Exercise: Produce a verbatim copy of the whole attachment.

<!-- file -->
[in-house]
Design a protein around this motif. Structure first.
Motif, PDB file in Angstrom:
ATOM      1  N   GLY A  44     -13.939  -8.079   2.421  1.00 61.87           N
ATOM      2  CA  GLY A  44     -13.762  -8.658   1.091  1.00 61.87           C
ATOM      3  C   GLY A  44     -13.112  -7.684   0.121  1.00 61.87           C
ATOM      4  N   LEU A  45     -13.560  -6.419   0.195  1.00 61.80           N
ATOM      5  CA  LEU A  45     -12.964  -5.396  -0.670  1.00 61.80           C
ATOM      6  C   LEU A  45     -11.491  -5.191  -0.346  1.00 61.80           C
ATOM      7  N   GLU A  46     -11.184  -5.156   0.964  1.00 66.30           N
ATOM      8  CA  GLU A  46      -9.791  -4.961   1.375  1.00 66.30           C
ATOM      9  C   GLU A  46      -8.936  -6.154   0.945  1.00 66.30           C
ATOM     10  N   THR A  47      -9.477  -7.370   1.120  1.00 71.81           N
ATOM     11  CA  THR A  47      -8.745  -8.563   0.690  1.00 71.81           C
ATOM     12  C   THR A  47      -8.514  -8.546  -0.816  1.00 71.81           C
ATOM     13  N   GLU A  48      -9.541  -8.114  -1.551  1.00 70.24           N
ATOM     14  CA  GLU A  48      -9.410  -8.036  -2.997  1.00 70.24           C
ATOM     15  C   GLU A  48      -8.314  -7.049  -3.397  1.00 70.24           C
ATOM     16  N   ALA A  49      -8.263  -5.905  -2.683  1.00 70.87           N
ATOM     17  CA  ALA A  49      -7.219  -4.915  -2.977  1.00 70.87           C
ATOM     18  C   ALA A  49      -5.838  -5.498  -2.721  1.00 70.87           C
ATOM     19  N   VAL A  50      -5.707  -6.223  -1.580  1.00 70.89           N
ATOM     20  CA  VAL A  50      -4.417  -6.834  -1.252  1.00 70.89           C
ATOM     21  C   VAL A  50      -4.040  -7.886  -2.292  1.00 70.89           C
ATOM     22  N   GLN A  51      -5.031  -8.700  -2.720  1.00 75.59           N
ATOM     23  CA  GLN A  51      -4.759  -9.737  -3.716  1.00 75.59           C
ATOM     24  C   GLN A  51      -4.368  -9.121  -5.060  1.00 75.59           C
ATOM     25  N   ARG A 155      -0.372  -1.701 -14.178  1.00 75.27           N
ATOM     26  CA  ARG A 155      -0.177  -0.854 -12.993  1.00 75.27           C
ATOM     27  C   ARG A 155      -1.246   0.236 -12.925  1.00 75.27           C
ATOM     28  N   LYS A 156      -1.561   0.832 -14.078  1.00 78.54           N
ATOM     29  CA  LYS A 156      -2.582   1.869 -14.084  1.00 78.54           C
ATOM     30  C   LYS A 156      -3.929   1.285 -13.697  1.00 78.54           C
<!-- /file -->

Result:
[in-house]
Design a protein around this motif. Structure first.
Motif, PDB file in Angstrom:
ATOM      1  N   GLY A  44     -13.939  -8.079   2.421  1.00 61.87           N
ATOM      2  CA  GLY A  44     -13.762  -8.658   1.091  1.00 61.87           C
ATOM      3  C   GLY A  44     -13.112  -7.684   0.121  1.00 61.87           C
ATOM      4  N   LEU A  45     -13.560  -6.419   0.195  1.00 61.80           N
ATOM      5  CA  LEU A  45     -12.964  -5.396  -0.670  1.00 61.80           C
ATOM      6  C   LEU A  45     -11.491  -5.191  -0.346  1.00 61.80           C
ATOM      7  N   GLU A  46     -11.184  -5.156   0.964  1.00 66.30           N
ATOM      8  CA  GLU A  46      -9.791  -4.961   1.375  1.00 66.30           C
ATOM      9  C   GLU A  46      -8.936  -6.154   0.945  1.00 66.30           C
ATOM     10  N   THR A  47      -9.477  -7.370   1.120  1.00 71.81           N
ATOM     11  CA  THR A  47      -8.745  -8.563   0.690  1.00 71.81           C
ATOM     12  C   THR A  47      -8.514  -8.546  -0.816  1.00 71.81           C
ATOM     13  N   GLU A  48      -9.541  -8.114  -1.551  1.00 70.24           N
ATOM     14  CA  GLU A  48      -9.410  -8.036  -2.997  1.00 70.24           C
ATOM     15  C   GLU A  48      -8.314  -7.049  -3.397  1.00 70.24           C
ATOM     16  N   ALA A  49      -8.263  -5.905  -2.683  1.00 70.87           N
ATOM     17  CA  ALA A  49      -7.219  -4.915  -2.977  1.00 70.87           C
ATOM     18  C   ALA A  49      -5.838  -5.498  -2.721  1.00 70.87           C
ATOM     19  N   VAL A  50      -5.707  -6.223  -1.580  1.00 70.89           N
ATOM     20  CA  VAL A  50      -4.417  -6.834  -1.252  1.00 70.89           C
ATOM     21  C   VAL A  50      -4.040  -7.886  -2.292  1.00 70.89           C
ATOM     22  N   GLN A  51      -5.031  -8.700  -2.720  1.00 75.59           N
ATOM     23  CA  GLN A  51      -4.759  -9.737  -3.716  1.00 75.59           C
ATOM     24  C   GLN A  51      -4.368  -9.121  -5.060  1.00 75.59           C
ATOM     25  N   ARG A 155      -0.372  -1.701 -14.178  1.00 75.27           N
ATOM     26  CA  ARG A 155      -0.177  -0.854 -12.993  1.00 75.27           C
ATOM     27  C   ARG A 155      -1.246   0.236 -12.925  1.00 75.27           C
ATOM     28  N   LYS A 156      -1.561   0.832 -14.078  1.00 78.54           N
ATOM     29  CA  LYS A 156      -2.582   1.869 -14.084  1.00 78.54           C
ATOM     30  C   LYS A 156      -3.929   1.285 -13.697  1.00 78.54           C